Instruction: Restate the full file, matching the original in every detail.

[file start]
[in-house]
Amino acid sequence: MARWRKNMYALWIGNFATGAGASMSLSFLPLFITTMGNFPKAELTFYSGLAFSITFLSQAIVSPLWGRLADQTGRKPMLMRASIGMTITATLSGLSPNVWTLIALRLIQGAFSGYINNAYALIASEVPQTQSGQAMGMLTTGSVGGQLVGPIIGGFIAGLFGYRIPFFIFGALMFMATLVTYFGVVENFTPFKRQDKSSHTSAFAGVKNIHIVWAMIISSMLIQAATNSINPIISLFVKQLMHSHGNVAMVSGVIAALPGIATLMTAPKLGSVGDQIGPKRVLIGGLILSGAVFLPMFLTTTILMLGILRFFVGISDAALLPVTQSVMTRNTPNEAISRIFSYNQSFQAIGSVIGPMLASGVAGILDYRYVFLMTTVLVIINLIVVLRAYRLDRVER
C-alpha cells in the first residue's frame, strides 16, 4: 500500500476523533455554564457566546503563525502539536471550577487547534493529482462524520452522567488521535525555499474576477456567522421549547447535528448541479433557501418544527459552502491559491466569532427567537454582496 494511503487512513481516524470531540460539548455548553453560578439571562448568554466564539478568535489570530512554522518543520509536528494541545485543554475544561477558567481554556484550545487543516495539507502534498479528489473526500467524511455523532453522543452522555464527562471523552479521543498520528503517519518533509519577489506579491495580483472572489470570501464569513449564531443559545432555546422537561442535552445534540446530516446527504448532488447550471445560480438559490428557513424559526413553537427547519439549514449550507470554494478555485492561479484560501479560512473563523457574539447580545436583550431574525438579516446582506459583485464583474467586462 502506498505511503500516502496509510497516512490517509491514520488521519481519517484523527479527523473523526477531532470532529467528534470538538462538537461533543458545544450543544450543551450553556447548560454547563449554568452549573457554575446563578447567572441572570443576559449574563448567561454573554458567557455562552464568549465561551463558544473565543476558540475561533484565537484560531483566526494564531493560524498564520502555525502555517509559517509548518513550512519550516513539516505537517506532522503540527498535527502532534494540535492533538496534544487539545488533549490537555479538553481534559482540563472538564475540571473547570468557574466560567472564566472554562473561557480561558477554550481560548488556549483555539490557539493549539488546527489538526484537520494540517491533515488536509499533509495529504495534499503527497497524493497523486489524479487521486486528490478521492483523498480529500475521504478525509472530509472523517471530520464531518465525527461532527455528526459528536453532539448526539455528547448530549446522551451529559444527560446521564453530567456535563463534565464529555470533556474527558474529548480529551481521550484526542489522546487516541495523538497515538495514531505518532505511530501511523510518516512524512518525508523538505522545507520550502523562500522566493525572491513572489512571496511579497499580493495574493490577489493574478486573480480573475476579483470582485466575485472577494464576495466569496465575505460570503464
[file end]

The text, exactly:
[in-house]
Amino acid sequence: MARWRKNMYALWIGNFATGAGASMSLSFLPLFITTMGNFPKAELTFYSGLAFSITFLSQAIVSPLWGRLADQTGRKPMLMRASIGMTITATLSGLSPNVWTLIALRLIQGAFSGYINNAYALIASEVPQTQSGQAMGMLTTGSVGGQLVGPIIGGFIAGLFGYRIPFFIFGALMFMATLVTYFGVVENFTPFKRQDKSSHTSAFAGVKNIHIVWAMIISSMLIQAATNSINPIISLFVKQLMHSHGNVAMVSGVIAALPGIATLMTAPKLGSVGDQIGPKRVLIGGLILSGAVFLPMFLTTTILMLGILRFFVGISDAALLPVTQSVMTRNTPNEAISRIFSYNQSFQAIGSVIGPMLASGVAGILDYRYVFLMTTVLVIINLIVVLRAYRLDRVER
C-alpha cells in the first residue's frame, strides 16, 4: 500500500476523533455554564457566546503563525502539536471550577487547534493529482462524520452522567488521535525555499474576477456567522421549547447535528448541479433557501418544527459552502491559491466569532427567537454582496 494511503487512513481516524470531540460539548455548553453560578439571562448568554466564539478568535489570530512554522518543520509536528494541545485543554475544561477558567481554556484550545487543516495539507502534498479528489473526500467524511455523532453522543452522555464527562471523552479521543498520528503517519518533509519577489506579491495580483472572489470570501464569513449564531443559545432555546422537561442535552445534540446530516446527504448532488447550471445560480438559490428557513424559526413553537427547519439549514449550507470554494478555485492561479484560501479560512473563523457574539447580545436583550431574525438579516446582506459583485464583474467586462 502506498505511503500516502496509510497516512490517509491514520488521519481519517484523527479527523473523526477531532470532529467528534470538538462538537461533543458545544450543544450543551450553556447548560454547563449554568452549573457554575446563578447567572441572570443576559449574563448567561454573554458567557455562552464568549465561551463558544473565543476558540475561533484565537484560531483566526494564531493560524498564520502555525502555517509559517509548518513550512519550516513539516505537517506532522503540527498535527502532534494540535492533538496534544487539545488533549490537555479538553481534559482540563472538564475540571473547570468557574466560567472564566472554562473561557480561558477554550481560548488556549483555539490557539493549539488546527489538526484537520494540517491533515488536509499533509495529504495534499503527497497524493497523486489524479487521486486528490478521492483523498480529500475521504478525509472530509472523517471530520464531518465525527461532527455528526459528536453532539448526539455528547448530549446522551451529559444527560446521564453530567456535563463534565464529555470533556474527558474529548480529551481521550484526542489522546487516541495523538497515538495514531505518532505511530501511523510518516512524512518525508523538505522545507520550502523562500522566493525572491513572489512571496511579497499580493495574493490577489493574478486573480480573475476579483470582485466575485472577494464576495466569496465575505460570503464